Castanets in Flamenco

When we talk about castanets, we talk about the flamenco dancer Lucero Tena. Born in Durango (Mexico), she began attending flamenco dance classes at a very young age, studying the “escuela bolera” and becoming familiar with the typical dances of Spanish folklore. As noted by the Spanish Archives Portal of the Ministry of Culture, among her teachers was Domingo José Samperio, a Cantabrian musicologist who emigrated to Mexico after the Civil War. Along with Pilar Rojo, another Mexican dancer of Spanish dance and flamenco, they are credited with the creation of “concerted crotalology”meaning castanets in concert. It must have been in those classes with Samperio when Lucero fell in love with this percussion instrument to later become its greatest proponent.

Her stroke of luck occurred when she encountered the renowned Barcelona dancer Carmen Amaya in Mexico. It was in honor of Amaya’s legacy that we inauguratedTablao de Carmen 35 years ago, and upon their meeting, Amaya extended an invitation for her to dance in a show. Lucero became a part of Amaya’s company, embarking on a three-year tour across Mexico and the United States. Eventually, her journey led her to Madrid, where she found a permanent place at the tablao El Corral de la Morería, making the Spanish capital her home. Since the 1960s, she has been the undisputed master of castanets, or “palillos”, as they are called in the world of flamenco and in some parts of Andalusia. She has recorded albums with this sound as the protagonist and offered recitals in which she stands out as a solo percussionist. Among them, her most famous performance was the interlude of the zarzuela La boda de Luis Alonso in 2007.

But where does this instrument come from, that Spanish folklore, especially flamenco, has embraced so deeply?

History of castanets in flamenco

The invention of cymbals, predecessors of castanets, was the work of the Phoenicians, who controlled the Iberian Peninsula and the Mediterranean Levant, and extended to present-day Israel between the 13th and 6th centuries BC. Luis López Ruiz’s Flamenco Guide suggests that Phoenician dancers from Cadiz were brought to entertain the Empire’s parties in Rome, where they incorporated cymbals into their performances. In Ancient Egypt, they even had symbolic power, to scare away evil spirits, and were present in religious and funerary ceremonies, according to the website of the National Archaeological Museum.

For centuries, castanets were integral to various popular performances. However, it wasn’t until the late 17th century that they made their debut in classical music, courtesy of Boccherini, an Italian cellist. He composed a piece in which castanets took on a leading role. Even one of the most distinguished composers of classical music, Richard Wagner, introduced castanets in his opera Tannhauser in the mid-19th century.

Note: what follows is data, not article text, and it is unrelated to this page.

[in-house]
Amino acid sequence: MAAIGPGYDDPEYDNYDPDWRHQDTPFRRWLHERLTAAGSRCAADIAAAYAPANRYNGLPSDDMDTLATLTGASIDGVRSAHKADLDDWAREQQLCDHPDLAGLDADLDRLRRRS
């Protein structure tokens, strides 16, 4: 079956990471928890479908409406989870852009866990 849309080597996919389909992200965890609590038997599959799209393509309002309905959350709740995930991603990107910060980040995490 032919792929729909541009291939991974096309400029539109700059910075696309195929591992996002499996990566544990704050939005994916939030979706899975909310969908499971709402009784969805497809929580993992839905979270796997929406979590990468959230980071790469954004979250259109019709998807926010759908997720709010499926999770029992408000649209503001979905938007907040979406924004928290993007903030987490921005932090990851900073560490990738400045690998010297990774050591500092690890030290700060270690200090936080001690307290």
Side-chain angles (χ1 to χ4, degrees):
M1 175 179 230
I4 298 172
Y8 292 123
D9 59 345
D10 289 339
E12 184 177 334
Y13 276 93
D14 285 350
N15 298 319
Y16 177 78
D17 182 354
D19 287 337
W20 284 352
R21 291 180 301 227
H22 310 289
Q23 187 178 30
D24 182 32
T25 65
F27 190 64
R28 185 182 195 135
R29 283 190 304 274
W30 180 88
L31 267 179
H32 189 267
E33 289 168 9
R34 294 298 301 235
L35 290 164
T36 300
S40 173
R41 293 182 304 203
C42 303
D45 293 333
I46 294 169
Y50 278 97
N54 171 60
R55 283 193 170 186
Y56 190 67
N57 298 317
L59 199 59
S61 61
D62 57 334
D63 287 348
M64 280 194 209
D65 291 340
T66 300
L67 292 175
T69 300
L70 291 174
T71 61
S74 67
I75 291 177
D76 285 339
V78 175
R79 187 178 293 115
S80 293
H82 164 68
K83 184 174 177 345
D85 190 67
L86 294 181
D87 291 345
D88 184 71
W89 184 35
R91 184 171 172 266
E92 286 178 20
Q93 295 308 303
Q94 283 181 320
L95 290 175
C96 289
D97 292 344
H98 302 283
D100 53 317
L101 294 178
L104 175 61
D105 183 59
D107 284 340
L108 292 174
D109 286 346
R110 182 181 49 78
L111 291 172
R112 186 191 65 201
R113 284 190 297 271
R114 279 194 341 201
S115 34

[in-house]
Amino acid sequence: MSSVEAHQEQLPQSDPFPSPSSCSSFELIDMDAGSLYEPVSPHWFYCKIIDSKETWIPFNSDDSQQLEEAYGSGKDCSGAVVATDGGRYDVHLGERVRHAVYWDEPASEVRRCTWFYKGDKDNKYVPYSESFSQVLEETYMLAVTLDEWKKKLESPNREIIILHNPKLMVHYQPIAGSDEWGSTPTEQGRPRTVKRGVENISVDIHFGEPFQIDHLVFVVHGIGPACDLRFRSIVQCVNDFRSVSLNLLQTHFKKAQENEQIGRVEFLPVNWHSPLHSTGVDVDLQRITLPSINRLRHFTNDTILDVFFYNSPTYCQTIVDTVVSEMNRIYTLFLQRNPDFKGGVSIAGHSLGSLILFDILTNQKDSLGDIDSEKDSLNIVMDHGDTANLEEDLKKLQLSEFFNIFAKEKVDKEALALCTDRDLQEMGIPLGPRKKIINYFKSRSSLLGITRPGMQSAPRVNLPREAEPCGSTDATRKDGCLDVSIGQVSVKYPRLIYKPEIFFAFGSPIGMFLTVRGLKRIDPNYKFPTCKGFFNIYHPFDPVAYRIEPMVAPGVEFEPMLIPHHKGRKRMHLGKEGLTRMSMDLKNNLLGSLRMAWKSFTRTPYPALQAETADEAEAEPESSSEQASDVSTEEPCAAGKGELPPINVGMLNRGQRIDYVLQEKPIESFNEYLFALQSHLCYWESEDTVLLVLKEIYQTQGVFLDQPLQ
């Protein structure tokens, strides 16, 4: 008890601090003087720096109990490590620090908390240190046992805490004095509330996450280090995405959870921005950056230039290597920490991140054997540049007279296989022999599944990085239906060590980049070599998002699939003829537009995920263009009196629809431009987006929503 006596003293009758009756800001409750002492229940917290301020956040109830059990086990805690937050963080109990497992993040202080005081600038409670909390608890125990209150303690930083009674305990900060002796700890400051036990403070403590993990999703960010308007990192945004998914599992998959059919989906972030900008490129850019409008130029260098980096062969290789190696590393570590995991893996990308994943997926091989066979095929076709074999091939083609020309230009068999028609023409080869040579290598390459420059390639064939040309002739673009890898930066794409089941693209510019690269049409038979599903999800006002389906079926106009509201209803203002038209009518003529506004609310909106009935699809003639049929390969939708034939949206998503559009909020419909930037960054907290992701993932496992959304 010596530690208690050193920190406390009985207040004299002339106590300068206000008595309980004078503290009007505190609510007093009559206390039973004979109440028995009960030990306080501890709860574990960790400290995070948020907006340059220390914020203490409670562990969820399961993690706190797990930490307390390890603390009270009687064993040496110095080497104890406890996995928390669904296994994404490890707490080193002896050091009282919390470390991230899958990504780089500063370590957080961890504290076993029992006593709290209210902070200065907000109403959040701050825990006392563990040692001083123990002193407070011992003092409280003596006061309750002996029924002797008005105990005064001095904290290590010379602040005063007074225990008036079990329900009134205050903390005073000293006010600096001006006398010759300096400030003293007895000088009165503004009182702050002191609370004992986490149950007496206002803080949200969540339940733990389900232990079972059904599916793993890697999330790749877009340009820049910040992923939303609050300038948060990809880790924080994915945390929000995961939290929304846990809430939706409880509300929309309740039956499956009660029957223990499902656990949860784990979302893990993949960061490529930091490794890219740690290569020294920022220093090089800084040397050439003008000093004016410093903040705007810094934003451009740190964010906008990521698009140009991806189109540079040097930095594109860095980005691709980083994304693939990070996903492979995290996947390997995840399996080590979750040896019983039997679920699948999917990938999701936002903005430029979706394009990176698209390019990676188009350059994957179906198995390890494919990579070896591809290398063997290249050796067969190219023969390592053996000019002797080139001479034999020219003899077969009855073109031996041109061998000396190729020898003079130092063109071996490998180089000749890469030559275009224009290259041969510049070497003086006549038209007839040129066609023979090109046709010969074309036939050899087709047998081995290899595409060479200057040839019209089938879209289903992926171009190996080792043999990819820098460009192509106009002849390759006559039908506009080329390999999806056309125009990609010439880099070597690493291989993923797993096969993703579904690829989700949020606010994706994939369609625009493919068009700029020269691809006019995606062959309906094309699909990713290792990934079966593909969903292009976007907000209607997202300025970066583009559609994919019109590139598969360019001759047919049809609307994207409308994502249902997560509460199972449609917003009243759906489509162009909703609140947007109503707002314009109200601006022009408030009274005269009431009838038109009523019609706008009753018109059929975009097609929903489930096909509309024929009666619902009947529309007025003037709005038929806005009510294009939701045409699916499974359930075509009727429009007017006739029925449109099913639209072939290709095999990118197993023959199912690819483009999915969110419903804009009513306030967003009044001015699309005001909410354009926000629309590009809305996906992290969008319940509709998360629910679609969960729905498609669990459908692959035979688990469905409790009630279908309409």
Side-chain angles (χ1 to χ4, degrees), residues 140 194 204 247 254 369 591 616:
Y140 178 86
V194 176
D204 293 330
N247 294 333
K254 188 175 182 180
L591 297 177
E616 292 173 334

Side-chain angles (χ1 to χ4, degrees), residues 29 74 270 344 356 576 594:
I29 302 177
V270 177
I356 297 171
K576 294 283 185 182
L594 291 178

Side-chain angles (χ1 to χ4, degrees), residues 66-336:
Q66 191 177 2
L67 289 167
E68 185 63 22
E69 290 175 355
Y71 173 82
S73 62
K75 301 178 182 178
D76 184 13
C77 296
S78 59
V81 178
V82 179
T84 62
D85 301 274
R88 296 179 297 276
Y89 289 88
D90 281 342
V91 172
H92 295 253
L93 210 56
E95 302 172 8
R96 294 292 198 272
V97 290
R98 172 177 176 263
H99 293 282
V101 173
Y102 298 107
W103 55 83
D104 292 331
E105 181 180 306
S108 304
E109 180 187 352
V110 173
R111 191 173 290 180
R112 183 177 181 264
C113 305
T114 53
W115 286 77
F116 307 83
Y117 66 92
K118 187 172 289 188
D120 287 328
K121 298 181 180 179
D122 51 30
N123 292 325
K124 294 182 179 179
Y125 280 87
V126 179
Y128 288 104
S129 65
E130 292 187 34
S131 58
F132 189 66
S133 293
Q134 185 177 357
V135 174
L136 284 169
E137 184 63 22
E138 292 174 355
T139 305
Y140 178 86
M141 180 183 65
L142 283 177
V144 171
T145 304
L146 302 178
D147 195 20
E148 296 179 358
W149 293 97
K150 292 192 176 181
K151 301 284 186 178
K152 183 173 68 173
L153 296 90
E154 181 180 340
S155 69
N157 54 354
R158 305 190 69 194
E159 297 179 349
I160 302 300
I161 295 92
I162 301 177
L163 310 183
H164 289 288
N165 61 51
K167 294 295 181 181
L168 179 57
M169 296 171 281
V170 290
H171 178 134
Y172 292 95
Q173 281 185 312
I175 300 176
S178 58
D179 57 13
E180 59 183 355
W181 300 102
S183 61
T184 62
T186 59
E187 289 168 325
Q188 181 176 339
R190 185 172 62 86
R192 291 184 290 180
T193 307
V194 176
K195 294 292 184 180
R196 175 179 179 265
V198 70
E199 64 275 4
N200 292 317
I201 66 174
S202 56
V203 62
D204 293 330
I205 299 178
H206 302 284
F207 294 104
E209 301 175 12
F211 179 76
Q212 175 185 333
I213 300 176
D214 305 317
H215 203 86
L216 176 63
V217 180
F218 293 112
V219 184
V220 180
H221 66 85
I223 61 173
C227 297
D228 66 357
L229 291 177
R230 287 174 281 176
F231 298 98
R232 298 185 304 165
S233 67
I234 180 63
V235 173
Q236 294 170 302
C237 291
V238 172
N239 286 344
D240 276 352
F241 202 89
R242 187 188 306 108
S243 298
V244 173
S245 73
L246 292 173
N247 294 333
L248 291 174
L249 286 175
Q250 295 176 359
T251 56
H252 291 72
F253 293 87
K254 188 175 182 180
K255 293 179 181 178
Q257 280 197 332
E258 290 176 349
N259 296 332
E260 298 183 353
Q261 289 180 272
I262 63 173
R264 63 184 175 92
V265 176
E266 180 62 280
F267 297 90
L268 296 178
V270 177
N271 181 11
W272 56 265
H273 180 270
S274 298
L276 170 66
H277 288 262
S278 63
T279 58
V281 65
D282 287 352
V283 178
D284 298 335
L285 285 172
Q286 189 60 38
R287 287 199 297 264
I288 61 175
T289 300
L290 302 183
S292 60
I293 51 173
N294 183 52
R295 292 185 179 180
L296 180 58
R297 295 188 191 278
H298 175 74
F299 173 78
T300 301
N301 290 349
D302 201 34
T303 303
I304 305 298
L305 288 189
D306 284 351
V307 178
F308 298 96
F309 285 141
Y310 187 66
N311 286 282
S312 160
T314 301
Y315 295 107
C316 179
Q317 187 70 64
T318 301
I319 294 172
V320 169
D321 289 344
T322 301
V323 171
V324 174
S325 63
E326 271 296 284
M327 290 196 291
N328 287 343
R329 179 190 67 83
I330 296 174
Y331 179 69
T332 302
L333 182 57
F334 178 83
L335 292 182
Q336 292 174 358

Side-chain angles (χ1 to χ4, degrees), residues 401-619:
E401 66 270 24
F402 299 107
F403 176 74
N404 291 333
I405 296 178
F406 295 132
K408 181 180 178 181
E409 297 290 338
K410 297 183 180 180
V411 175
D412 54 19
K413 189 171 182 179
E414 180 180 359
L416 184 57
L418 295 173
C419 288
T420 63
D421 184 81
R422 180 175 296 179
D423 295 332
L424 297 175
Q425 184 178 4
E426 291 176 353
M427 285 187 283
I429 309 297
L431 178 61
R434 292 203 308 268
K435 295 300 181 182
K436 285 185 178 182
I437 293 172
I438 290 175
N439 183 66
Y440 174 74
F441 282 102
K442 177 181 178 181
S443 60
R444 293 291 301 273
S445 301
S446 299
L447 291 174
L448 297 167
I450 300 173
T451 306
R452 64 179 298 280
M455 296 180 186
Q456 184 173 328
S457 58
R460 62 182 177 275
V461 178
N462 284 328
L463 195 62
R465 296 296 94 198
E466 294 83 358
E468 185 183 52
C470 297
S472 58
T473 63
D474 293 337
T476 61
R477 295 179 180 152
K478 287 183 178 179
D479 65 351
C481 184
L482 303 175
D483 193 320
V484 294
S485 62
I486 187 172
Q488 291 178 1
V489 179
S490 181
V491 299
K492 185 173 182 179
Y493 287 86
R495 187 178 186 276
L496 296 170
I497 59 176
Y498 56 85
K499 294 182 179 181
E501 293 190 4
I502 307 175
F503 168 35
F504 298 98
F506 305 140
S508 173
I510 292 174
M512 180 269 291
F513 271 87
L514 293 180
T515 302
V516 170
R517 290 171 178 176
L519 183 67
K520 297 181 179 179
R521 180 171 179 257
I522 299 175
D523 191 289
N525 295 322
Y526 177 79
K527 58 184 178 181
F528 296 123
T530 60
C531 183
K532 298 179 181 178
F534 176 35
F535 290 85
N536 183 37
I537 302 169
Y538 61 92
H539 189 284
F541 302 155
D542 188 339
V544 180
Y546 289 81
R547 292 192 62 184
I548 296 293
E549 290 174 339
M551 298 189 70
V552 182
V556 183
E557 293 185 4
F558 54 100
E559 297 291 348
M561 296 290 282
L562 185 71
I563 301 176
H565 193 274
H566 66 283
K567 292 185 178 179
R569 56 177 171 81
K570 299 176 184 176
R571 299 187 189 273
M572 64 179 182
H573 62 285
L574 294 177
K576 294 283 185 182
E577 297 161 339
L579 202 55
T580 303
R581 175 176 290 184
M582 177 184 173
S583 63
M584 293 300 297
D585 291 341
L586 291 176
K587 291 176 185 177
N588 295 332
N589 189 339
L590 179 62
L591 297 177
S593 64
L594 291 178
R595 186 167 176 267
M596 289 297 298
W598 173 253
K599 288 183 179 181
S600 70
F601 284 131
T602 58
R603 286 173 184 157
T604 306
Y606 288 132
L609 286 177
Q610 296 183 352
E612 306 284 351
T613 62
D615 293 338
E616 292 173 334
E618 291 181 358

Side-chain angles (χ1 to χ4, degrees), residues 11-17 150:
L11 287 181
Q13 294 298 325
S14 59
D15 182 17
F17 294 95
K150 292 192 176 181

Castanets in Spanish music

In Spanish classical music, their significance predates even that of flamenco. Accoding to the web page of Gran Gala Flamenco, Santigao de Murcia, guitarist and composer, included castanets in the interludes and fandangos he composed.

The two eminent composers of Spanish music in the 20th century, Manuel de Falla and Isaac Albéniz, frequently incorporated castanets into their compositions. De Falla’s zarzuela ‘La vida breve’, composed in 1903, was a triumph in Madrid’s opera contestborrar., earning him recognition before his fame. This piece, celebrated as one of his finest works, prominently featured castanets, played by the dancer Antonia Mercé in Argentina . Mercé also showcased her castanet skills in Albéniz’s suite ‘Castilla’in 1934. In 1966, Spanish composer Joaquín Rodrigo premiered“Dos Danzas Españolas”, specifically crafted for castanets, with Lucero Tena showcasing her mastery with these instruments.

Castanets in flamenco dance

Originally, castanets were a hallmark of the ‘escuela bolera,’ a dance style that gained popularity in the 17th century. This school of dance drew inspiration from regional dances, refining and embellishing them for courtly presentation, thus intertwining its origins closely with flamenco.

Throughout the 20th century, the legendary Carmen Amaya used castanets in numerous performances, leaving a mark on her fellow dancers with her unique style. She prominently featured castanets in the films ‘La hija de Juan Simón’in 1935 and the French movie ‘Quand te tues-tu?’ [When do you kill yourself] in 1953. Today, castanets remain a staple in various dance styles such as sevillanas, seguiriyas, cañas, and zambras, offering artists the flexibility to incorporate them into any chosen style.

Types of castanets

At present, castanets can be categorized based on the material they’re crafted from, their intended use (professional, semi-professional, and beginner), and the manufacturing method employed (varying degrees of hollowness). Broadly, they can be classified into four main groups:

  • Handheld: the most used in flamenco dance, joined by a small cord.
  • Pollopas: made of plastic, these are commonly used by children or beginners in this discipline.
  • Based: attached to a base, typically favored in symphony orchestras.
  • Handled: or palilleras, composed of an elongated handle that holds both pieces.

At the Tablao de Carmen, while some dancers occasionally incorporate castanets into their performances, it is not “must have” instrument in our regular routines. Recently, Azahar Tortajada, a young dancer from Tarragona, reflected on the significance of castanets in her artistry: ‘Dancing with castanets offers a distinct dimension and expression, expanding possibilities both rhythmically and physically,’ she shares. After a year of castanet classes, she persists in her learning journey, drawing inspiration from her peers and honing her skills through performances on our stage.

Come and live it with us, every night at the Tablao de Carmen.